Chapter Six establishes a judicial authority with explicitly established political and administrative independence from the executive. The Federal Supreme Court will be selected by a Higher Juridical Council and approved by the Presidency Council. So the Presidency Council has the authority given the Senate in the American system – approval, but not selection power. The Juridical Council is composed from the heads of various courts. This makes the Judical branch much, much more independent than in the American system. I think this is probably a mistake. It's going to make the courts much more headstrong and aggressive in dealing with the legislature and executive. There is a provision for impeachment, but it's by the executive, not the legislative branch. That could restraint the judicial branch, or alternatively, breed a series of violent clashes by sending the two aristocratic branches up head-to-head against each other.

Chapter Seven establishes a Special Tribunal and commissions for de-Baathification, property claims, and so on. This is the sort of thing that is OK in a transitional document, but would be inappropriate for a permanent constitution.

Chapter Eight is on sub-federal governments – "Regions, Governorates, and Municipalities". The Kurdish enclave is explicitly recognized as a Regional Government covering five governorates. It provides for formation of additional regions of "not more than three governorates" by agreement between the governorates. The Kurdish Regional Government (KRG) has police and tax authority within its governorates. The document recognizes a Kurdish National Assembly as a legislative authority within that region, where it does not clash with the "exclusive competence of the federal government". Governorates have the right to form a Council, name a Governor, and form municipal and local councils. So sub-governorate governments are the creatures of the governorates – it's similar to the American state model. Not exactly, though. The officers of the governorates and local governments are protected from arbitrary appointment and dismissal by the federal government, excepting conviction of crimes and so on. But there's no provision for legal personhood for the governorates, and thus they technically seem to be creatures of the central state, unlike American states, which are legal persons in their own right. There's some funding confusion going on with the governorates – they're supposed to be funded from the central authority, but they also have local tax authority. They're also both supposed to implement federal laws and projects, and run their own. It's a bit of a muddle. It gets really confusing with Article 57, which is looks like a states-rights provision in a system without actual states. The rest of Chapter Eight is concerned with transitional commission issues and the Kirkuk repatriation tangle.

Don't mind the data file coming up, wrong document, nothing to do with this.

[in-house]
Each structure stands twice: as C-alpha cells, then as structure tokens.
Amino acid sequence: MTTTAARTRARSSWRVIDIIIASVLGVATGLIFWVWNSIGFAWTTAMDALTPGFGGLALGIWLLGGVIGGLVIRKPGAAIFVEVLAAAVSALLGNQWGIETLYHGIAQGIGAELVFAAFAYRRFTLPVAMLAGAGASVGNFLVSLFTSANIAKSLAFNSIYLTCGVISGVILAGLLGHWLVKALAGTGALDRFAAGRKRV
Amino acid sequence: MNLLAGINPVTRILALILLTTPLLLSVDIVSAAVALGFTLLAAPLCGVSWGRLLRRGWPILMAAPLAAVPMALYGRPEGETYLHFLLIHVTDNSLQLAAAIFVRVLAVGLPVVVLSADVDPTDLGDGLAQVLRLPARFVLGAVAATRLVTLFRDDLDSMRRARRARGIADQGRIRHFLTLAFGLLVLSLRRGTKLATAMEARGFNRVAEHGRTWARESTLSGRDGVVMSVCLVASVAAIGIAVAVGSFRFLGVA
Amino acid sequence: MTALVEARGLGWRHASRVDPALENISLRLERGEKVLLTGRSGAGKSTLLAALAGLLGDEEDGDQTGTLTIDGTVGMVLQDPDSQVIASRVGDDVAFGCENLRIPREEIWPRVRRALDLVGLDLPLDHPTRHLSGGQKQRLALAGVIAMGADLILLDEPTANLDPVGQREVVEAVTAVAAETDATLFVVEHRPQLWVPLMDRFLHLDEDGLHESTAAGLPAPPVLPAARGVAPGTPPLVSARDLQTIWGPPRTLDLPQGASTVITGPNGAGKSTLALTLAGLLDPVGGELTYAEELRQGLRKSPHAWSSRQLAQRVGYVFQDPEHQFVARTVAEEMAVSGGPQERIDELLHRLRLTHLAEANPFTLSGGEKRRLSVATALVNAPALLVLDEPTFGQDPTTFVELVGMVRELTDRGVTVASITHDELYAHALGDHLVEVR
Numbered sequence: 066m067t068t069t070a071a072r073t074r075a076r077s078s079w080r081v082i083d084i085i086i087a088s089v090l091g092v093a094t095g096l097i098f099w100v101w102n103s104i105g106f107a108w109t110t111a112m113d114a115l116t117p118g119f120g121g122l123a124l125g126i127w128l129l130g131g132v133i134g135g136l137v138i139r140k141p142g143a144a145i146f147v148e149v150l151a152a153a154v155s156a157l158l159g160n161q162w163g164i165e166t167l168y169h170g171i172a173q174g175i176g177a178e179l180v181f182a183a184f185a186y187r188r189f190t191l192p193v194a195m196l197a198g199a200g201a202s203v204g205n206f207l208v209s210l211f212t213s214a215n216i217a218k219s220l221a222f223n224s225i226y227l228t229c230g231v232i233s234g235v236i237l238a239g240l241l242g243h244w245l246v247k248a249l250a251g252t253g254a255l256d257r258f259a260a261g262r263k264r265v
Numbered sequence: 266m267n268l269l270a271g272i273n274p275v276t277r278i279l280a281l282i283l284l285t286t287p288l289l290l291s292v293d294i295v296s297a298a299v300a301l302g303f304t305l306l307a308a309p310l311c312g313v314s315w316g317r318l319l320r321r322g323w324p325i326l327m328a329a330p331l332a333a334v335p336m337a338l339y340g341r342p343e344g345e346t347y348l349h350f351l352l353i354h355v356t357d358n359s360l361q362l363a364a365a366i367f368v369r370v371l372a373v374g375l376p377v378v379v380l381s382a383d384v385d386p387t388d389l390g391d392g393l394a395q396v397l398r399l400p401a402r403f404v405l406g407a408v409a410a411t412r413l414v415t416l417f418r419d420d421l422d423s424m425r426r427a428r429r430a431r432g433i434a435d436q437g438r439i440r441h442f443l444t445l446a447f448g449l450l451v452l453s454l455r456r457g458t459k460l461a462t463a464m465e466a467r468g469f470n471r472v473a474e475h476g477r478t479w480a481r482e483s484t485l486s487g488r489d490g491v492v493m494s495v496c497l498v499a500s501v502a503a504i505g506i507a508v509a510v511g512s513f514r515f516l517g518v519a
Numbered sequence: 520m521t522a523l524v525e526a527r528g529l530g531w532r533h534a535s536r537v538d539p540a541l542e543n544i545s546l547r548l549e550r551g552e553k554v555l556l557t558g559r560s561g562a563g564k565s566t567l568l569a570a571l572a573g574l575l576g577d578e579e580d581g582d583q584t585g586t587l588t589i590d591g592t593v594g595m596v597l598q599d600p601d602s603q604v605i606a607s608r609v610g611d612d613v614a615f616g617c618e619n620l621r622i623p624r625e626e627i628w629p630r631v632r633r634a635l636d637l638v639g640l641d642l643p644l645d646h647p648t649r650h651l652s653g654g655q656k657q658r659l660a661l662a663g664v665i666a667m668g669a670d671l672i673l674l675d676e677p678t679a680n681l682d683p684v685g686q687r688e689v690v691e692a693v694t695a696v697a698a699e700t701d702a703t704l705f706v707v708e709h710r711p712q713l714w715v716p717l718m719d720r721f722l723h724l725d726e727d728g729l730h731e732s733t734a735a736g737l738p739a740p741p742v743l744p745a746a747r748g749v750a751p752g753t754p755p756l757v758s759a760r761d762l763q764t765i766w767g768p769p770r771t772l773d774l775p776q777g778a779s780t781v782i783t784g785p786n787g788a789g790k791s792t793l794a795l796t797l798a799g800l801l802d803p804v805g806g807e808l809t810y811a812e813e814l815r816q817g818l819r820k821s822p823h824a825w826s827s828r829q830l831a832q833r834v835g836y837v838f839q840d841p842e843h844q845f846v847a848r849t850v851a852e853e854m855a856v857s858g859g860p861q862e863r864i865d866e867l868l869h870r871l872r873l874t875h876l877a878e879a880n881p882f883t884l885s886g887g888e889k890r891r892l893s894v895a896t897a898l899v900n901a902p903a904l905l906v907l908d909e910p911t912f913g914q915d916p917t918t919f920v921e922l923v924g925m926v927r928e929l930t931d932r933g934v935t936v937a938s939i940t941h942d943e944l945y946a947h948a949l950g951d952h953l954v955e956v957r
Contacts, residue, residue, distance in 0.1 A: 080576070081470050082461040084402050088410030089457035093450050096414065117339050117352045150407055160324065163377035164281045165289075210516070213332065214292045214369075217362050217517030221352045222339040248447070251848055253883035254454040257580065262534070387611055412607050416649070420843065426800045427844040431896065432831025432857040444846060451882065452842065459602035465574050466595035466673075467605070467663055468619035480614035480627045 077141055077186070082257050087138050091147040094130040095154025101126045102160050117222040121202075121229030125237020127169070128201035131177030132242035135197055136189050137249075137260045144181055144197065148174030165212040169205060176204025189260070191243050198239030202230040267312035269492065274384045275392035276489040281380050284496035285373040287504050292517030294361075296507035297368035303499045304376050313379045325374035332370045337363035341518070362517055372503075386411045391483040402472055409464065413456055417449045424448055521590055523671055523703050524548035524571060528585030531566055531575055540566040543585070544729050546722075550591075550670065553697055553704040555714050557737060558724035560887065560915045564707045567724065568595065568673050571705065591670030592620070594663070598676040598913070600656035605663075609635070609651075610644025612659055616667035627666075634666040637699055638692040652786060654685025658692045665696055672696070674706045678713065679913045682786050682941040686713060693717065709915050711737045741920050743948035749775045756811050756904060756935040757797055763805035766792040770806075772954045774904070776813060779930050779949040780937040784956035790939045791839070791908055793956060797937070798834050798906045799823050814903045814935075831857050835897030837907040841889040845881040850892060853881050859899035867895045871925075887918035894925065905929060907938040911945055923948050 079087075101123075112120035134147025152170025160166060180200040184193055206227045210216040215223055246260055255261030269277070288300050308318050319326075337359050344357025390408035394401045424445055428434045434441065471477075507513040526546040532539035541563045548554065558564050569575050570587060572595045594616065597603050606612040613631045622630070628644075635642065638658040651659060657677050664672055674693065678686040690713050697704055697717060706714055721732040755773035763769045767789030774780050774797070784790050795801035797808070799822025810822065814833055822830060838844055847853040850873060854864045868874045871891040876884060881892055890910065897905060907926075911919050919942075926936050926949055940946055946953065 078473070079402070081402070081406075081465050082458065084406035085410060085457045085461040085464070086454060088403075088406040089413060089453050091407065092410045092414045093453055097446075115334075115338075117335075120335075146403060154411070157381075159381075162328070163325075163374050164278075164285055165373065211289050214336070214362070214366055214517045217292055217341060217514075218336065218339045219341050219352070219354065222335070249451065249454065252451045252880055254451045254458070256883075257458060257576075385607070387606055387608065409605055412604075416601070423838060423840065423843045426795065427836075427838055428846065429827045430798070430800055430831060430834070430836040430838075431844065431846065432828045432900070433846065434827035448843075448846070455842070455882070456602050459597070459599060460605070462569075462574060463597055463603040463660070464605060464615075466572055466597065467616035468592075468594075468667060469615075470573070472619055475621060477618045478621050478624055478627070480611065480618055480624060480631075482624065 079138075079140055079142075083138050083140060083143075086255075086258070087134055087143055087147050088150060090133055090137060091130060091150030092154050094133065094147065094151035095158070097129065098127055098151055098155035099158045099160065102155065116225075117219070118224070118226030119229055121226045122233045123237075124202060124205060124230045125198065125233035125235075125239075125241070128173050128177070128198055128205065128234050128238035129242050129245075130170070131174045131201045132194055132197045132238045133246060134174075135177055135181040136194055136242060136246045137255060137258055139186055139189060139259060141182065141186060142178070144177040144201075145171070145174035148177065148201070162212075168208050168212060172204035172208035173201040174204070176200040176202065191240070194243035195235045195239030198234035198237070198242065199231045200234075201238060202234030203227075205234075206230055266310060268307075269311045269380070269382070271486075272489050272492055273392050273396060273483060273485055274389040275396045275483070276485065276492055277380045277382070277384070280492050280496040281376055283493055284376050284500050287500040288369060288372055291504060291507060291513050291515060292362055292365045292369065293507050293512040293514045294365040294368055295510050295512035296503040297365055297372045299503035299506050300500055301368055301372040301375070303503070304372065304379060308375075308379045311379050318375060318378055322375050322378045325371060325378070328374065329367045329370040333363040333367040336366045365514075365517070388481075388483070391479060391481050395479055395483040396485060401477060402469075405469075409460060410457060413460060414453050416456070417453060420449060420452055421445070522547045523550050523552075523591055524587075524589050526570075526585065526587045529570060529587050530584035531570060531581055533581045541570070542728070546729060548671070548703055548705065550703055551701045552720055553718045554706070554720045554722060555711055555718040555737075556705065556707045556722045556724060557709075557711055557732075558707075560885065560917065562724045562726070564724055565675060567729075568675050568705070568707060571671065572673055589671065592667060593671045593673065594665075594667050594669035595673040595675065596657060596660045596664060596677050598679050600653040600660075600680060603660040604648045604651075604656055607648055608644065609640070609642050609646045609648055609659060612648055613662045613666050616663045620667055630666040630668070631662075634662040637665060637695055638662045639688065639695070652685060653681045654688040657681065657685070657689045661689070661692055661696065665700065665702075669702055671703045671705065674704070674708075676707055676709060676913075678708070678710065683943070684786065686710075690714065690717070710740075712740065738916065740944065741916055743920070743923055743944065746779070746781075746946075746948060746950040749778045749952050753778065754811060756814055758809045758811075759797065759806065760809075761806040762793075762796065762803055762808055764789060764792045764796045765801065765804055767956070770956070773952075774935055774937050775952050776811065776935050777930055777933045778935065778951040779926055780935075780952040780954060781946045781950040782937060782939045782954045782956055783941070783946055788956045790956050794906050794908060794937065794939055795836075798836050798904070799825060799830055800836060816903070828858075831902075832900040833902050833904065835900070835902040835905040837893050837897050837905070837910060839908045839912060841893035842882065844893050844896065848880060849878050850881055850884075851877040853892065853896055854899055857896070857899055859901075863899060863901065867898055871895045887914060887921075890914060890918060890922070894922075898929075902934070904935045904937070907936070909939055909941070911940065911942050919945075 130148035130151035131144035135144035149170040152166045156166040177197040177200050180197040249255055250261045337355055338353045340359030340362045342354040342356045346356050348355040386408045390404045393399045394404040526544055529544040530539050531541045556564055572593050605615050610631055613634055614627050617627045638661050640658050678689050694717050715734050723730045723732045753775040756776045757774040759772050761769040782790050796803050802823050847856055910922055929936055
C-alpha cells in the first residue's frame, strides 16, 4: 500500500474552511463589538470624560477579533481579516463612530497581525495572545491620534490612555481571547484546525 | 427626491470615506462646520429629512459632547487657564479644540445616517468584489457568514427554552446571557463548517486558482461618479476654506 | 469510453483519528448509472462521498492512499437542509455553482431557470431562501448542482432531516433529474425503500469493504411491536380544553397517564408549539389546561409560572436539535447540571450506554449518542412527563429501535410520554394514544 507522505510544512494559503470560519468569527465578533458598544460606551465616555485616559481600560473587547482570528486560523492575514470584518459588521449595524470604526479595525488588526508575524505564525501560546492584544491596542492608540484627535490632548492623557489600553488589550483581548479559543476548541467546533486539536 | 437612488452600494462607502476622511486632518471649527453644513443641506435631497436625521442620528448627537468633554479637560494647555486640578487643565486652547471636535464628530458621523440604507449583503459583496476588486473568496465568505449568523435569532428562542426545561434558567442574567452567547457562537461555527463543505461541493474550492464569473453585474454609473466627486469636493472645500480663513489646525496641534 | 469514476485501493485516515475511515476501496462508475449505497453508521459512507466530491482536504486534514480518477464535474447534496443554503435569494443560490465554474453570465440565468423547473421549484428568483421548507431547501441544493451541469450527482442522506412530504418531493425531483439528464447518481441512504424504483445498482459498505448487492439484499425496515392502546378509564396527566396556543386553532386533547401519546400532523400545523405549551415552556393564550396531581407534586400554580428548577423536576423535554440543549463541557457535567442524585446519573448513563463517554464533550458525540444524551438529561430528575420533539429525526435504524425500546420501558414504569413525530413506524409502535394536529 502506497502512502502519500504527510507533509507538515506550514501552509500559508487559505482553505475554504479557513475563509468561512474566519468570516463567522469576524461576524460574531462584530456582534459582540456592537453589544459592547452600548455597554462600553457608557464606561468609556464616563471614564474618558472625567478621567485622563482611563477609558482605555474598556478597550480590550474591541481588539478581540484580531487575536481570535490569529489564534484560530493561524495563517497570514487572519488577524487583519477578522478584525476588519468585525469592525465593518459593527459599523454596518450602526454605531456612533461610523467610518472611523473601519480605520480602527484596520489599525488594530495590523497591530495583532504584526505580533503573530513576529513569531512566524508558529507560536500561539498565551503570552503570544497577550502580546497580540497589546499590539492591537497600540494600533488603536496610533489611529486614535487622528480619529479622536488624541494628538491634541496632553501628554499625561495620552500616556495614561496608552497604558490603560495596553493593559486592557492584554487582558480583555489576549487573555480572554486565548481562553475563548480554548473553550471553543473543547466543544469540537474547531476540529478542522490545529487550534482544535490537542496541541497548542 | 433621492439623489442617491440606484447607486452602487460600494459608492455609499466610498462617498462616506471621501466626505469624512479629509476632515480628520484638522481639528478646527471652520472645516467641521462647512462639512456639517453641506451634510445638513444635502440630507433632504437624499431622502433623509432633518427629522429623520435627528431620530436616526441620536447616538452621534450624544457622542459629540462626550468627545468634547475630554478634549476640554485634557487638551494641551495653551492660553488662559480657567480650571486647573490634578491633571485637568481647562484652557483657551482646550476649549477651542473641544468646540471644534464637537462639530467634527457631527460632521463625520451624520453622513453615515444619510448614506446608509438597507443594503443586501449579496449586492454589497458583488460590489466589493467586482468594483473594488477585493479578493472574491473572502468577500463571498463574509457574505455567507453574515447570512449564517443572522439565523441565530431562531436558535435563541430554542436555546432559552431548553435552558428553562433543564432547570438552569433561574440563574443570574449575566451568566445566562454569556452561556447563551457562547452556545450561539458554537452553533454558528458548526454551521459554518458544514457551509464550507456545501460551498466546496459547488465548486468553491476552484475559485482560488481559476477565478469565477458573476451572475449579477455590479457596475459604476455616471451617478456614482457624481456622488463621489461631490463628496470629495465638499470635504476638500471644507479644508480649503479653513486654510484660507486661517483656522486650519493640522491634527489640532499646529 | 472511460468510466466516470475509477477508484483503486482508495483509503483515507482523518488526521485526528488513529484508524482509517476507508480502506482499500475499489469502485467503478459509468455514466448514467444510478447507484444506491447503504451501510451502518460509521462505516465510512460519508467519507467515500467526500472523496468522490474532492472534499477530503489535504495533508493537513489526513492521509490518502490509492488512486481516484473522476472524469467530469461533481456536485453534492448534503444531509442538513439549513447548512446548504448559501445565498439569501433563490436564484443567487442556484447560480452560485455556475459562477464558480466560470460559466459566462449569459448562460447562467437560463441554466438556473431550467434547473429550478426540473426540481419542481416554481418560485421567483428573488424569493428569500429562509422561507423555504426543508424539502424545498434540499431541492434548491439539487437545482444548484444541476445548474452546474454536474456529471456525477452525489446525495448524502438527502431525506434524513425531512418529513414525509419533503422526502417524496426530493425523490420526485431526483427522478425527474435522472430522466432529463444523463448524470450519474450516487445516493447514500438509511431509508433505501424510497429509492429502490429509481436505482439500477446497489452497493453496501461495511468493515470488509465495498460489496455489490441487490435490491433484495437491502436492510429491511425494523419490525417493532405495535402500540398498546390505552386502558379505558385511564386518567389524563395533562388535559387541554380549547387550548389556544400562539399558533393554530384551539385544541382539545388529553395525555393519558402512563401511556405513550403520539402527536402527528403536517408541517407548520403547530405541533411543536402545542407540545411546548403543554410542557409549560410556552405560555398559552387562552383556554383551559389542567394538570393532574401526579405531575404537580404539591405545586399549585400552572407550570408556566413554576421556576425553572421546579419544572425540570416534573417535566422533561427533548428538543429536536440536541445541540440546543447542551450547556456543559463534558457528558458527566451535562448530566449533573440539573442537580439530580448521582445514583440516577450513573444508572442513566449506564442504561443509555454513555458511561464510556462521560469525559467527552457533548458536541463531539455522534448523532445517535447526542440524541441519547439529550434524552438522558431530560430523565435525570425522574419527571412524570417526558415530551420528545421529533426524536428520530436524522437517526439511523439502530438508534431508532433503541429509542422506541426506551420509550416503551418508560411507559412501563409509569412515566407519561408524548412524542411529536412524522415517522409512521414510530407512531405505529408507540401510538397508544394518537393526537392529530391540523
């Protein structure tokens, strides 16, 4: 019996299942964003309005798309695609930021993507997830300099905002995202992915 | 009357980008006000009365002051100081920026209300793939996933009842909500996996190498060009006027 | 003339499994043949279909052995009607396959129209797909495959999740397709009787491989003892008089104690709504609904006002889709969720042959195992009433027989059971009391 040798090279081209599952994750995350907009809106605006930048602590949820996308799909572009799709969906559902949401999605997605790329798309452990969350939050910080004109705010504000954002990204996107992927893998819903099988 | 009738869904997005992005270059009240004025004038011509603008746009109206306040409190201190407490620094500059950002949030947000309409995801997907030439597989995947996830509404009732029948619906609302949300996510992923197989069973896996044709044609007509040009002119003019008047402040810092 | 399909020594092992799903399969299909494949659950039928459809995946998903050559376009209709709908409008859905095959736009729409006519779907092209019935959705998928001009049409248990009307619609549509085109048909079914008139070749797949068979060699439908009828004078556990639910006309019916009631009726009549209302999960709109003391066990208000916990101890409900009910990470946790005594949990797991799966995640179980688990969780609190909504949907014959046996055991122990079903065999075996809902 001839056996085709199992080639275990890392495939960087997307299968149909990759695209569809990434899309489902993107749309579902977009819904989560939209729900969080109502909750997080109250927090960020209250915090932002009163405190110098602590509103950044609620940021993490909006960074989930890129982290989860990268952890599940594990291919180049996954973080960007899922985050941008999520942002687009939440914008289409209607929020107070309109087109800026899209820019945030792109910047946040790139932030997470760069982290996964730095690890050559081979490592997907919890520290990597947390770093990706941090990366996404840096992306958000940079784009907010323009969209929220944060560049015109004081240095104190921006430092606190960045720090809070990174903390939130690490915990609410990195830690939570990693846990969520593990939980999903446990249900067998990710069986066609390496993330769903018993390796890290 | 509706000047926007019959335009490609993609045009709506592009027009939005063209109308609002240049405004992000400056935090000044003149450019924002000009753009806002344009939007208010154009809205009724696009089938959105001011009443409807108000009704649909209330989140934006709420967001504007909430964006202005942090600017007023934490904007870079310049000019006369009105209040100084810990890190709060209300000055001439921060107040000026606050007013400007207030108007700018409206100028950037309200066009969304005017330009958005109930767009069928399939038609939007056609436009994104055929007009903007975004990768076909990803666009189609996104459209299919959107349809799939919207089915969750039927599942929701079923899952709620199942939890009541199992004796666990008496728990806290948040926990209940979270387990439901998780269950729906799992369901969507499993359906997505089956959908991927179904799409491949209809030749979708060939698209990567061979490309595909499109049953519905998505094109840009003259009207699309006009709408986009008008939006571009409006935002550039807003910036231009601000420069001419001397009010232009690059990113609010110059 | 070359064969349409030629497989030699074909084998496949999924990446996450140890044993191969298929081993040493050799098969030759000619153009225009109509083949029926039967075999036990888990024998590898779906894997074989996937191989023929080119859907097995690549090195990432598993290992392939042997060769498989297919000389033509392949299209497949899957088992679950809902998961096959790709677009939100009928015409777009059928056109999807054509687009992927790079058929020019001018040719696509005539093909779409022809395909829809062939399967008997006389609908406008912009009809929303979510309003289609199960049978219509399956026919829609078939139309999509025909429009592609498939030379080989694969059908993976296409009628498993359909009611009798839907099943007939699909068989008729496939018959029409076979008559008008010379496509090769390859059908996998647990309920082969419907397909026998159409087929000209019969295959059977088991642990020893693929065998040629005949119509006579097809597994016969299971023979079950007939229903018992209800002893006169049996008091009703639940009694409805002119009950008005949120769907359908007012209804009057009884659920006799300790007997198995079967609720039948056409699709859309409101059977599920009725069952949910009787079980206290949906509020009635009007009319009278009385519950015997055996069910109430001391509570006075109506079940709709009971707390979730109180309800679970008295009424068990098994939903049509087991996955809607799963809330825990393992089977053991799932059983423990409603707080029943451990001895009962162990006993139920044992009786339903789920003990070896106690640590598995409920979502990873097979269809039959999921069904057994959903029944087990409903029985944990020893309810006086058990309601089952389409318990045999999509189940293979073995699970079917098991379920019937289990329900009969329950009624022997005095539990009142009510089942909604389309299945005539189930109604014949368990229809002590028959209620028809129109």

The Ninth Chapter concerns arrangements for codifying and ratifying a permanent constitution, with "outs" if the first few rounds of framing doesn't result in successful ratification.

All in all, not too terrible. It could work, and it could work long-term, with modifications. The real problem is the confusion going on between regions, governorates, and the central state. The framers are interested in a federal system, but Iraq has traditionally had a strong central state. This first attempt at federalism is somewhat anarchic, as it's providing for a sort of haphazard decentralization without establishing the necessary states. The "region" section seems to be moving in the direction of integral, self-defined "states" – multi-governorate regions which might achieve a sort of legal personality. It seems to be a recognition that the governorates are not legal persons, and are creatures of the central state. This is especially muddled by the ratification criteria – "The general referendum will be successful and the draft constitution ratified if a majority of the voters in Iraq approve and if two-thirds of the voters in three or more governorates do not reject it" – which uses the governorate system in a fashion similar to the American provision for ratification by nine states. My guess is that the eventual permanent constitution is going to get rid of the governorates in favor of these nebulous regions.

Monday, March 08, 2004